Whether good or bad, online reviews are a critical factor in the shopper’s path to purchase, as almost all of the consumers who read online reviews, factor in the reviews into their final purchase decision.
Consumers usually write good or neutral reviews, with the intention of helping others make better purchasing decisions. Those who read the reviews wish to ensure that the product or service they are considering is of good quality. They tend to consider the overall star / point rating, almost to the same degree as they consider the written review. As far as stars go, many will still consider a 3-star rated product, but will hardly consider a 2-star product.
Most consumers will write a bad review only if they are very disappointed, in order to warn others. They don’t want to put people out of business, so there is generally no need to fear reviews if you don’t go around spreading promises you can’t keep… however, bad reviews are more common in the service industries, mainly due to the fact that any daily touch point has the potential to turn to a sour experience, as opposed to products.
While online reviews are relevant to virtually any industry, in some industries reviews are more important to the consumer than others. Such is the travel industry, where people agree to pay even more for a hotel with an excellent rating.
Today, online reviews are becoming more convenient: the consumers don’t have to search for reviews in several sites – they go to ultra-aggregators, which gather reviews from various industry-specific aggregators into one place. Mobile tools enable the shoppers to scan a product in-store to review it instantly, or write a review themselves. Meta-Reviews are also a rising trend, as they present a summary of the various reviews and can illuminate a specific feature of the product/service, providing a more convenient research method for the consumer.
At the same time, there are more and more formats and channels for writing and accessing reviews. Review aggregators, mobile apps, and YouTube channels, contain reviews in many formats – including photos, videos and badges.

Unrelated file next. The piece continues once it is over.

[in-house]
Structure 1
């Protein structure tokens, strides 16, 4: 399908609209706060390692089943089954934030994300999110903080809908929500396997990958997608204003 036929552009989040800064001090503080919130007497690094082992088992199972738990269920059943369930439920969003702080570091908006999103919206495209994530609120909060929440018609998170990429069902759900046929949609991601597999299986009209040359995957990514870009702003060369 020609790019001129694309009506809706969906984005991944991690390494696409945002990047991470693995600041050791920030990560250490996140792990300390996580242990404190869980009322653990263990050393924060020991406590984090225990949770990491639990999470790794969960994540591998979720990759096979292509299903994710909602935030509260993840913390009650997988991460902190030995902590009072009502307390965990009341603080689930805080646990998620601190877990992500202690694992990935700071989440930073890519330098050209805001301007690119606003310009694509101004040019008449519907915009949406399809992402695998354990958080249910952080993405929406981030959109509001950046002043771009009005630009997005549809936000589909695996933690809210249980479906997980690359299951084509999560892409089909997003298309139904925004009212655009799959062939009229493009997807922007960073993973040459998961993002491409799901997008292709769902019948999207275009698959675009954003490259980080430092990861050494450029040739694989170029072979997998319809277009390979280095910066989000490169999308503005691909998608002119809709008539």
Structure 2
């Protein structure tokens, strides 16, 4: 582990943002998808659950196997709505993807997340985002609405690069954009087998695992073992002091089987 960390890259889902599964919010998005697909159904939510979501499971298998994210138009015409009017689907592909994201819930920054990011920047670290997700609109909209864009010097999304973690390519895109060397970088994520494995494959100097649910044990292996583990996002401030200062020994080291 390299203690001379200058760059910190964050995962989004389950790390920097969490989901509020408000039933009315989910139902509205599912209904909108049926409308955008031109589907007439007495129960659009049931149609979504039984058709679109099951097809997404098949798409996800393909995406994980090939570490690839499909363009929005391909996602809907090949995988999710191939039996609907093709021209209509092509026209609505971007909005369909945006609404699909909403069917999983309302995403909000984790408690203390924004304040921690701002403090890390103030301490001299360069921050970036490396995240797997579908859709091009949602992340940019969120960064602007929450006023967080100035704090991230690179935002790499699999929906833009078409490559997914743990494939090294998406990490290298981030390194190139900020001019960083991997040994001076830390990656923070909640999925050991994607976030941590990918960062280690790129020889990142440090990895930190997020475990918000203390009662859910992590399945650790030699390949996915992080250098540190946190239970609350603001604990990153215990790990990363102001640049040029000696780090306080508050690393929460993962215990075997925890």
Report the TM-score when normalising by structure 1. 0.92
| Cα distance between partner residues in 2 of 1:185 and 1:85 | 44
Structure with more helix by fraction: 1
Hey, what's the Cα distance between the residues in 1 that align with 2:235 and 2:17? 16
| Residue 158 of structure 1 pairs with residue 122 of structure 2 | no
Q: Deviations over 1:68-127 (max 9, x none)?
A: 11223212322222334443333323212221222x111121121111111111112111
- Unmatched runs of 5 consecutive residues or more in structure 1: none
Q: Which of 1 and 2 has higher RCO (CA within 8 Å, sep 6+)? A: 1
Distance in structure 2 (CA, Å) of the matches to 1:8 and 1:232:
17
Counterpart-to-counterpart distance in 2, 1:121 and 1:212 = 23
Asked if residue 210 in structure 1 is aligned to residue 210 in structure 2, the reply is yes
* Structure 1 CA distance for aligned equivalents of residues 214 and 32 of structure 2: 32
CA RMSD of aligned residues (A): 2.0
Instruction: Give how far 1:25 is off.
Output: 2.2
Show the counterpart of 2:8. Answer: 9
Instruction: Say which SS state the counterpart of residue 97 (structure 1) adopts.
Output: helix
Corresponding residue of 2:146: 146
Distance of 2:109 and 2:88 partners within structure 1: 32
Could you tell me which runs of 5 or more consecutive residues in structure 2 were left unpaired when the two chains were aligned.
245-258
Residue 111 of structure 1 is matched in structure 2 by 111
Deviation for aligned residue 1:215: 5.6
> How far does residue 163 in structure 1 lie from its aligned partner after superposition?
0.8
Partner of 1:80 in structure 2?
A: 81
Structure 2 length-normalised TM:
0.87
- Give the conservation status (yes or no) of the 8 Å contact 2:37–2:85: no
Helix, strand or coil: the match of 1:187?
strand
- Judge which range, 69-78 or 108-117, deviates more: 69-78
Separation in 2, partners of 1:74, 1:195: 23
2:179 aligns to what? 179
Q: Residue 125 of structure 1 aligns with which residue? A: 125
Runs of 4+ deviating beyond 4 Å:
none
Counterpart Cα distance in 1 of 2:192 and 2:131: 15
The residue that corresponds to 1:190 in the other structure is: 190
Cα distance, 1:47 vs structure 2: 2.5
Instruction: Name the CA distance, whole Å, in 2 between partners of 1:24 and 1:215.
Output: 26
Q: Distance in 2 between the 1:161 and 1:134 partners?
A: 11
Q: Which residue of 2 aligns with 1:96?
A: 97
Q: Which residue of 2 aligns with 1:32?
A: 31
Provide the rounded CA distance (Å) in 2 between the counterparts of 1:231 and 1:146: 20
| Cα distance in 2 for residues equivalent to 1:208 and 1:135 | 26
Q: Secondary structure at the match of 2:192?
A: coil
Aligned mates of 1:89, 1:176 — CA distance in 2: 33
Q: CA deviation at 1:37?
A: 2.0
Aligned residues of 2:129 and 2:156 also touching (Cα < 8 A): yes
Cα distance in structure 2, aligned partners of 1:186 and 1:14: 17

To make reviews more effective, sites are now integrating the user’s social network to enable consumers to view friends’ recommendations. Another tactic is to offer reviews “from people like you” based on previous searches and ratings. Such tactics aim to keep reviews more trust worthy and compelling, as many consumers believe that many reviews are actually fake.
Reviews provide marketers a wonderful opportunity to leverage positive opinion and drive word of mouth. Companies can receive authentic feedback, and monitor the conversation more closely. In addition, the immediacy made possible by mobile devices, allows service companies to avoid bad reviews by responding to a bad feedback on-spot.
Companies have already realized that they cannot prevent a potential customer from accessing reviews. They decided that it would be a better idea to try and keep the conversation – and resulting conversions – on their own sites, and have begun incorporating reviews in their sites. May companies are dealing with fake reviews, such as suspected competitors’ reviews, by only presenting verified reviews. They also highlight good reviews, another plus in controlling the conversation.
When bad reviews happen, fighting consumers’ feedback is never a good idea. Best in class companies have a reputation management strategy in place, along with social media presence to give customers the opportunity to talk to the company directly.
In sum, it is important to view reviews as an opportunity: it enables marketers to get consumer feedback, to improve, and to encourage word of mouth. Let’s not forget that over 90% of brand conversations don’t take place online; they happen in the actual world – where marketers cannot participate.